Facebook is releasing the principles it uses to make sure the social network accessible to all users -- regardless of physical ability. The "accessibility toolkit," which the company will make public Tuesday, includes everything from how Facebook ensures that its engineers think about those issues to its strategies for building accessibility features into the site.

Different companies handle features for blind, deaf or otherwise disabled users in different ways. At Facebook, there's a whole team devoted to this idea: the Empathy Lab.

The name may sound a little squishy -- or disingenuous, depending on your level of cynicism. But it's a name that's been carefully chosen, said Ramya Sethuraman, an accessibility engineer who runs the lab.

"Accessibility tends to be a hard process for people [to understand]," said Sethuraman. "Calling it the Empathy Lab is better because everyone understands that concept."

Understanding and awareness, after all, are two of the biggest roadblocks to getting product engineers to think about issues of accessibility. Often, making the Web accessible comes as an afterthought -- not because companies are actively trying to keep anyone from using their products, but because they simply don't think about the issue until they receive feedback from users.

Facebook's Jeffrey Wieland, the manager of the accessibility engineering team, said that his goal is to help all the company's engineers think about the needs of disabled Facebook users from the start. The company works to build "core components" that were designed with accessibility in mind as the basic building blocks for every thing on the mobile and desktop site.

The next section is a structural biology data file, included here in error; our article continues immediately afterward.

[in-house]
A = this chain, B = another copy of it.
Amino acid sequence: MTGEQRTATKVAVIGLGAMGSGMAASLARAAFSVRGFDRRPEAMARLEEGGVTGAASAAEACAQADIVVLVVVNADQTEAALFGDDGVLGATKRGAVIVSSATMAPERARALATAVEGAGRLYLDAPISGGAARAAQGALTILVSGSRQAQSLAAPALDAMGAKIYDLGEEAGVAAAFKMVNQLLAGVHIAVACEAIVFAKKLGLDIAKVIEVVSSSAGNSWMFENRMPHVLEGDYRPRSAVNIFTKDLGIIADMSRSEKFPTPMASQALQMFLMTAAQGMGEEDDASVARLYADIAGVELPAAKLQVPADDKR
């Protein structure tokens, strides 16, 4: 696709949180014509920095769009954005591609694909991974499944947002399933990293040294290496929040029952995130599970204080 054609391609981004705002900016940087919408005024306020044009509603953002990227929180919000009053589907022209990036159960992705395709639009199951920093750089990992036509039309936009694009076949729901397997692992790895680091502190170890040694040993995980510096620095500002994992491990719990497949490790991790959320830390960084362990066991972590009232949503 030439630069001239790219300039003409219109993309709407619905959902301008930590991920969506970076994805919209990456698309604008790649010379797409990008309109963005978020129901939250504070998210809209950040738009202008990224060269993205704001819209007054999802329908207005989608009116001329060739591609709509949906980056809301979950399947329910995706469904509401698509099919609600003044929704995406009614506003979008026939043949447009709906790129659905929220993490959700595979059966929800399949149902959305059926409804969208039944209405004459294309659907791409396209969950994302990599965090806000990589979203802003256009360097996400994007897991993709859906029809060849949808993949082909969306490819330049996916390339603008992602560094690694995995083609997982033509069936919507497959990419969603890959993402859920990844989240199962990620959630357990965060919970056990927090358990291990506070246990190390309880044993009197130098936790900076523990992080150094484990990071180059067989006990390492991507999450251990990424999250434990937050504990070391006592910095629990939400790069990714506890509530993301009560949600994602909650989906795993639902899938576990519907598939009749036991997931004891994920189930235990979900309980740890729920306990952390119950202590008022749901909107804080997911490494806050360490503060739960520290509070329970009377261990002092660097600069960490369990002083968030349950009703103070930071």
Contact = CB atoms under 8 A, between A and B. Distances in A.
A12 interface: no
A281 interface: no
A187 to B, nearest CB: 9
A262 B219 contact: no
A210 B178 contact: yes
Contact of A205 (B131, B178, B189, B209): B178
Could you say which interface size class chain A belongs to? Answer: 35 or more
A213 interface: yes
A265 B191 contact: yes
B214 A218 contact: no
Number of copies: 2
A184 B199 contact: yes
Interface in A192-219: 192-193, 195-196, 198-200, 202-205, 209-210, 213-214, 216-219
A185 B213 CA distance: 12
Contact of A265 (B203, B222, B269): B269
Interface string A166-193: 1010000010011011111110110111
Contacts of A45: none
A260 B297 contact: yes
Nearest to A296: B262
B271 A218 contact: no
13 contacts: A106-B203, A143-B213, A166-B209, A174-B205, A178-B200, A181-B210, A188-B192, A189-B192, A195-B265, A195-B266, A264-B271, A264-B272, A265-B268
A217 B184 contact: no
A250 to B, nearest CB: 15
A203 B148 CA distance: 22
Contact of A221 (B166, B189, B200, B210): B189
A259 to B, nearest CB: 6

That ensures that these issues get addressed from the start, even at tech companies such as Facebook that famously want to move, test and tweak their products quickly.

"It's quite important for the strategy," Wieland said, of baking accessibility into the site from the start.

At the lab, engineers work on the site using, for example, a computer that doesn't have a mouse, to simulate the experience of a person who only has enough mobility to use a keyboard. (Pro-tip: Hitting "J" and "K" will let you scroll to the next or previous items on your News Feed.)

They also work on machines with screen readers, which are used by blind or visually impaired Web users to navigate pages, as well as with mobile devices with features such as Apple's VoiceOver or Android accessibility features enabled to make sure that everything on the network can be used by everyone.

And accessibility doesn't only mean dealing with physical disabilities -- it also means addressing technological ones. Sethuraman said that the Empathy Lab also looks at how to design Facebook for different parts of the world, where screens may be smaller and the Internet connections a little slower.

The company also works with several of its competitors and tech peers such as LinkedIn, Yahoo and eBay to talk over how they all work to make their sites easier to use. Every May on Global Accessibility Awareness Day, representatives from these and other companies meet for a sort of lightning TED-style talks to share their success and failures in tackling these issues.

"Our goal is to connect everyone in the world, and there ARE huge differences in the way that people interact with Facebook," Wieland said. "We want to build products that really work for everyone and can be used by everyone."